May 27, 2020
I (used to) use DejaVu (
ttf-dejavu) as my main system and default font
on Arch Linux and I’ve been mildly bothered about some emoji not being
displayed as color emoji even though I have
installed, and instead being displayed as black and white glyphs.
For a while, I’ve haven’t been bothered enough by it to actually dig into it, but recently I’ve decided to spend the time to figure it out.
If you use
ttf-dejavu, remove it and install
which is essentially the same font without the Unicode additions. Then
if you want some proper Unicode support, make sure to have
installed as well, so that it will fall back to Noto Unicode characters
when they’re not defined by Vera.
Alternatively, just remove DejaVu and make Noto your default font, period (which is even simpler and is what I’ve done in the end since I ended up liking the look of the Noto fonts even better).
The black and white glyphs are from the
ttf-dejavu font, which is
tff-bitstream-vera with added Unicode support, but that
also includes some black and white emoji.
This means that if you have an emoji font as fallback, e.g.
ttf-dejavu will still have priority over the
subset of emoji that it defines.
Since it’s not currently possible to blacklist part of a font characters
in fontconfig, there’s been some forks of
ttf-dejavu to remove emoji
characters, but still keep the other Unicode additions. This seems like
a good idea but the AUR package for that is fairly outdated and people
seem to report issues with it, so I would rather not go that way.
I’ve also found on Reddit a fontconfig, well, config, to fix that issue, which essentially sets the default font to Noto instead of DejaVu, and Noto natively don’t try to conflict with the emoji font, so that works.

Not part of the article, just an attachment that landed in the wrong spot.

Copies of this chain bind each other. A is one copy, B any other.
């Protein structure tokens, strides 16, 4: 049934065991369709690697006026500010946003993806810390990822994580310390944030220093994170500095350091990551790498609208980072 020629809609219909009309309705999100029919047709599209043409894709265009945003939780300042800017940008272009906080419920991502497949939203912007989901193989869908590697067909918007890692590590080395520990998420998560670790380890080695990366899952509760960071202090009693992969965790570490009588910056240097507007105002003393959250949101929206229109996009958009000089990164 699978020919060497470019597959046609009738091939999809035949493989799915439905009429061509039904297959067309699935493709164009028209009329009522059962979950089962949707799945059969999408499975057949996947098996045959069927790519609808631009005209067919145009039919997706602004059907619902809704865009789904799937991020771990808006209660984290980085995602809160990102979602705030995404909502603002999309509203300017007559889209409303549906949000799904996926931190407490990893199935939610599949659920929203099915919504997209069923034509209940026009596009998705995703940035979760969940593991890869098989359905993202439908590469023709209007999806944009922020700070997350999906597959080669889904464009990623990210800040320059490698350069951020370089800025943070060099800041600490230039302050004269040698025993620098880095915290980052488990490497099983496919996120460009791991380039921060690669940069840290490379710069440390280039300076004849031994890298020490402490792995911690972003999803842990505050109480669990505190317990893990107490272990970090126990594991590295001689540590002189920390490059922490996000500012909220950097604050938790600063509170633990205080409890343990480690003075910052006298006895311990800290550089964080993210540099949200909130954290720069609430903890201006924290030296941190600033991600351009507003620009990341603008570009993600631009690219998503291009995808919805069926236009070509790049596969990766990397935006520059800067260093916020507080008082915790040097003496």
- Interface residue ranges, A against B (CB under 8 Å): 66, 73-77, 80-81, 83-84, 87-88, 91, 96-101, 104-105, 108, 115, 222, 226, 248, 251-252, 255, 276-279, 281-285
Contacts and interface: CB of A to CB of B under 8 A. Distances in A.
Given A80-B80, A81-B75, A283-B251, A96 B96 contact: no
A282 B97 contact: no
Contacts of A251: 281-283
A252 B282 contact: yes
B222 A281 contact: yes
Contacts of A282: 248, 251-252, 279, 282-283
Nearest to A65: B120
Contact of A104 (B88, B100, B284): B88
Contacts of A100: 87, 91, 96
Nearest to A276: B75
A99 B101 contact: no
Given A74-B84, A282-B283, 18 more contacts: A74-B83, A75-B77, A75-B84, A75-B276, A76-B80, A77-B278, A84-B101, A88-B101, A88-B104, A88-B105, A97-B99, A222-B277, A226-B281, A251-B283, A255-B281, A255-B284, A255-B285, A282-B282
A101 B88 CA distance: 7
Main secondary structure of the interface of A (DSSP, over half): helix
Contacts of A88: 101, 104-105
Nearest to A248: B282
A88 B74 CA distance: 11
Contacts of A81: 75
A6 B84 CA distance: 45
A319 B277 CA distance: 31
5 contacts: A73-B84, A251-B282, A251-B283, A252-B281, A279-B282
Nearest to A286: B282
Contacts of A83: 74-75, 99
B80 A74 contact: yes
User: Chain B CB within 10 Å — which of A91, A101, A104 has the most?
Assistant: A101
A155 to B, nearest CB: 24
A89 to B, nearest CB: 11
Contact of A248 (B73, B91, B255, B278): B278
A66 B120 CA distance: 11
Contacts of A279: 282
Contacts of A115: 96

However, some websites depending on the font they request, and depending on your browser, and configuration, and a bunch of other shit, are still gonna be using DejaVu if it’s installed, and then you’ll get the black and white emoji back, since that config only makes Noto and its color emoji the default for generic fonts.
At that point you can just remove DejaVu altogether, which is the solution I ended up going for, but if you want to keep the DejaVu/Vera font as your default system font, read on.
I’ve spent some more time digging, and I’ve eventually found a setup that so far seems to work consistently across browsers and websites, and the good thing is that it’s simple and doesn’t require any manual configuration.
ttf-dejavu and install
which is essentially the same font, without the addition of Unicode
glyphs, and then make sure to have
noto-fonts installed as a fallback
for Unicode stuff.
Since unlike DejaVu, Noto doesn’t try to define its own emoji, it’ll cleanly fall through, first, Vera, then for the Unicode characters not found in Vera, it’ll fall back to Noto, and finally it’ll use whatever emoji font you have installed!
I hope that helps!